California’s newly proposed emission standards could potentially put commercial boats out of business, critics say.
The San Clemente City Council unanimously passed a letter of opposition to the California Air Resources Board’s (CARB) proposed standards on Aug. 7.
Donna Kalez, operator of Dana Wharf Sportfishing and Whale Watching in Dana Point, said the regulations by CARB consist of installing engines that are more environmentally friendly but are unavailable and nonexistent, and could result in a decline of commercial boats able to operate daily to and from Catalina, amid other activities.
“Dana Wharfs Sportfishing and Whale Watching has 17 boats in our fleet,” she said. “We employ 50 to 75 employees, and we see over 50,000 visitors annually that go whale watching and sportfishing. We also donate numerous trips to schools, military, special needs, veterans.”
“We’re working waterfront, all the way from San Francisco, all the way down to San Diego,” Kalez said. “So if you can imagine if you take all of those sport fishing boats out and whale watching boats, along with ferries that go to Catalina Island … [it] would have a huge impact on our economy.”
Ken Franke, president of Sportfishing Association, stood in support of Kalez and the commercial boat industry, saying that the costs to install new engines would be millions of dollars. While Franke is willing to abide by CARB’s desired equipment, he insists that until the technology is made available, boats should continue to operate.
“What they’re prescribing is basically the end of an industry,” Franke said.
“The technology will come in—at that point, we’d be more than happy to go and put it on the boat. Until such time as that, we’ve asked CARB to continue to permit the boats to operate. And then as equipment becomes available, then we talk about upgrading the vessels.”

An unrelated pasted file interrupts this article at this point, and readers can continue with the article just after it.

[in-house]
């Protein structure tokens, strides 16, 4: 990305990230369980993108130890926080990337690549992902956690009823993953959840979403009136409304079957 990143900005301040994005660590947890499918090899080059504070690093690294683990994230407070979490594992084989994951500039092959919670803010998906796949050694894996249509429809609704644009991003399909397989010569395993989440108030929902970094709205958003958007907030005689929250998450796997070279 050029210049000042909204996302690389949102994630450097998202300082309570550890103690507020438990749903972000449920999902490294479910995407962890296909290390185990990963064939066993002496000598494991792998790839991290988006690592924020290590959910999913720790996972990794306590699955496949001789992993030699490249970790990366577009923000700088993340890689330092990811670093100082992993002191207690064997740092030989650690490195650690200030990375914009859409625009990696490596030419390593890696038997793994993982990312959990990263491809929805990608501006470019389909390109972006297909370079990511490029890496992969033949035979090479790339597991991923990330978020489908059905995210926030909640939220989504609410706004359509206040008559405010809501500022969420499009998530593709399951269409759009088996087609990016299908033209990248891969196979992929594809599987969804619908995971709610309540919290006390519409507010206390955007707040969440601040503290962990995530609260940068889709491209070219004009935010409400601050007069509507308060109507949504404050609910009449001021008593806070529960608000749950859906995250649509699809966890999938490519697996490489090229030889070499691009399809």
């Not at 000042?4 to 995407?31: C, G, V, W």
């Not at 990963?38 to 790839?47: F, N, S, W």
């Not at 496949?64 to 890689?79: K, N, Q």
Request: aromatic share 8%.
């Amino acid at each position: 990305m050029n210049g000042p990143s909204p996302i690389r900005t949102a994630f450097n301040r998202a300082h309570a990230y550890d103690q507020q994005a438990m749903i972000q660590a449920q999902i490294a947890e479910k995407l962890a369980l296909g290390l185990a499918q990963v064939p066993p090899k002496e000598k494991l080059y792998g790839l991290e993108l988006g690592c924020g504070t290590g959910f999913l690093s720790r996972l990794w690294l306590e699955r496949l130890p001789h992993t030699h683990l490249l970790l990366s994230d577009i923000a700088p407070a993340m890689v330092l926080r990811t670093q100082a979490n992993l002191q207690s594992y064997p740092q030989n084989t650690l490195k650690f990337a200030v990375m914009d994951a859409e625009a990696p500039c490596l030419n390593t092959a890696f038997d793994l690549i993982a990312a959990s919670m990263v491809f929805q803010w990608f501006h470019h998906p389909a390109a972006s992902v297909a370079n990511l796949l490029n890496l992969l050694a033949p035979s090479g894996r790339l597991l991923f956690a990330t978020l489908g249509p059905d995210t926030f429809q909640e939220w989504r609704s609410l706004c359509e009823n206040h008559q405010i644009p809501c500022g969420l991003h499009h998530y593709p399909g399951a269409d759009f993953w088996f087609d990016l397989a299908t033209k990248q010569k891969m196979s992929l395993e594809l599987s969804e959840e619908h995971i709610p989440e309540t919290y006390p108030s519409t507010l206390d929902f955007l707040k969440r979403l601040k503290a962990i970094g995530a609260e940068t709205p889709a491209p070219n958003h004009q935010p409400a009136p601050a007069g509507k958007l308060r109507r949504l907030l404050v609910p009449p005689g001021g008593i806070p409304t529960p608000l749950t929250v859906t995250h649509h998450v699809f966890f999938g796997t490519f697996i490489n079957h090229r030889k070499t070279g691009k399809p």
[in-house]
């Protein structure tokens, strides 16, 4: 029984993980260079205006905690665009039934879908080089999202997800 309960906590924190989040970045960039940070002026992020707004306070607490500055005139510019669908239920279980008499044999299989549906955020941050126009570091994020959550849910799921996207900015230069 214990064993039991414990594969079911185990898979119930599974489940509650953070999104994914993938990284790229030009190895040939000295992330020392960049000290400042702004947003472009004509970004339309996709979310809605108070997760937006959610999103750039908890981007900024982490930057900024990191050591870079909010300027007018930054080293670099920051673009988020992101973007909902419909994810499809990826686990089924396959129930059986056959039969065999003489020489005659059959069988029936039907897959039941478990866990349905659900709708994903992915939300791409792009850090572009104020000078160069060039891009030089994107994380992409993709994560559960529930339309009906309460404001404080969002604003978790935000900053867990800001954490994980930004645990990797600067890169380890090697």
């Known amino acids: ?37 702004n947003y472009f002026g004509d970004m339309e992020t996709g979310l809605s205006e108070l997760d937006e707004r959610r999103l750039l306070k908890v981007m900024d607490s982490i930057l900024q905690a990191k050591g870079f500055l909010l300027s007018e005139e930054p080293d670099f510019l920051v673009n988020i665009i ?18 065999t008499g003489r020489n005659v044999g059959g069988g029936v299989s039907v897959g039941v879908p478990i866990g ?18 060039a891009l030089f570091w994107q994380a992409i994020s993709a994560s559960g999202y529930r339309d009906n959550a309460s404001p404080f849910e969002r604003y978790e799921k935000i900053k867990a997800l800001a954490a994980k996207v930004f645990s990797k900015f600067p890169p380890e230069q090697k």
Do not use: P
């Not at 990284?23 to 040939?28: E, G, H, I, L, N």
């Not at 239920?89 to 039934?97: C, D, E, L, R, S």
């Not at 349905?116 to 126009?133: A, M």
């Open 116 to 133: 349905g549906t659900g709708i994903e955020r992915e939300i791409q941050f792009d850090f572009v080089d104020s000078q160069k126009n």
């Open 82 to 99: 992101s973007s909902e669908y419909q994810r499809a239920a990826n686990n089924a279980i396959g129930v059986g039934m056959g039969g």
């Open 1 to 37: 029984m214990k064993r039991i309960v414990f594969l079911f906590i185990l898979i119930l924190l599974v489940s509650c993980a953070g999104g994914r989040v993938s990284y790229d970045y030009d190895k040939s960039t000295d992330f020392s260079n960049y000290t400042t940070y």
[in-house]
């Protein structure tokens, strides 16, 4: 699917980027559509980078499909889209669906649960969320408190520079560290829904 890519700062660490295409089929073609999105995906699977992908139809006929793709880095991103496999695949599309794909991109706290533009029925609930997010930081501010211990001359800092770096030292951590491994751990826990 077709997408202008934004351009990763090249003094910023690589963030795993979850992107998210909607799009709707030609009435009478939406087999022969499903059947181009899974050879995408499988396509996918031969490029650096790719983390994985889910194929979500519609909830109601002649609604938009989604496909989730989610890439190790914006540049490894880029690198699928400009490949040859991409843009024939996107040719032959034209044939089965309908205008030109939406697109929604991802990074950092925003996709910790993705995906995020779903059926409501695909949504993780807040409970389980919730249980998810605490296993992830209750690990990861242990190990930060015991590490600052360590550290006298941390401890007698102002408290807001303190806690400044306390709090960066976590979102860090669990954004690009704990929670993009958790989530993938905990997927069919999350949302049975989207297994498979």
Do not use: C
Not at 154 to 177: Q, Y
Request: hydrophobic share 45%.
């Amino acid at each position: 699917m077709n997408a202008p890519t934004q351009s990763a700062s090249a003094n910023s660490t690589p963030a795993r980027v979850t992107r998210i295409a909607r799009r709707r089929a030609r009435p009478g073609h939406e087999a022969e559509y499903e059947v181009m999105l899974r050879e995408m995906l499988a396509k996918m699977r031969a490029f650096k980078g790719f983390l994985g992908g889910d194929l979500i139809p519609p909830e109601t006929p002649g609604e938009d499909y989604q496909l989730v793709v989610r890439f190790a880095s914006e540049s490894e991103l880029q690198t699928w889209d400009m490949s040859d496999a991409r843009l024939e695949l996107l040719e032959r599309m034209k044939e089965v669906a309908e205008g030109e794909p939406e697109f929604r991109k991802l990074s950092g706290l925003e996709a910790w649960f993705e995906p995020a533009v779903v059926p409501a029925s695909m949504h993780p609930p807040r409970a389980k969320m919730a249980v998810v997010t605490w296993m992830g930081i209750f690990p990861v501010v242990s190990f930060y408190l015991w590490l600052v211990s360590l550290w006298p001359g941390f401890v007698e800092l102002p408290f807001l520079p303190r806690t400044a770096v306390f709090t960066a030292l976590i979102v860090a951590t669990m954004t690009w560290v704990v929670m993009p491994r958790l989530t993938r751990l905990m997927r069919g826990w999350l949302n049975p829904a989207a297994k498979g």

Mayor Kathy Ward said: “This time frame is for things that don’t exist yet. … I’m wondering what Avalon, on the island of Catalina, even thinks about this, because no one’s going to be able to go—except anyone that has their own boat—to Avalon, and so essentially their industry over there is going to be done.”
Mayor Pro Tem Gene James recalled when, over a decade ago, renditions of requirements from the state resulted in boat owners having to change their engines, and drill holes through them so they were never sold or used again.
As the proposed regulations threaten the livelihood of residents, James calls to take a stand to prevent the proposal from coming to fruition.
“We need to get behind a local business, where we have an economic interest in the business surviving. We have people in this city who are invested in that business and who work in that business,” James said.
Councilman Steve Knoblock urged that a letter be sent in opposition to CARB’s proposed standards, and he insisted it also be sent to local senators and congressmen.
With the technology requested by CARB remaining nonexistent, it was determined that the proposed regulations were unreasonable and that they would have a “tremendous negative economic effect on the boating industry.”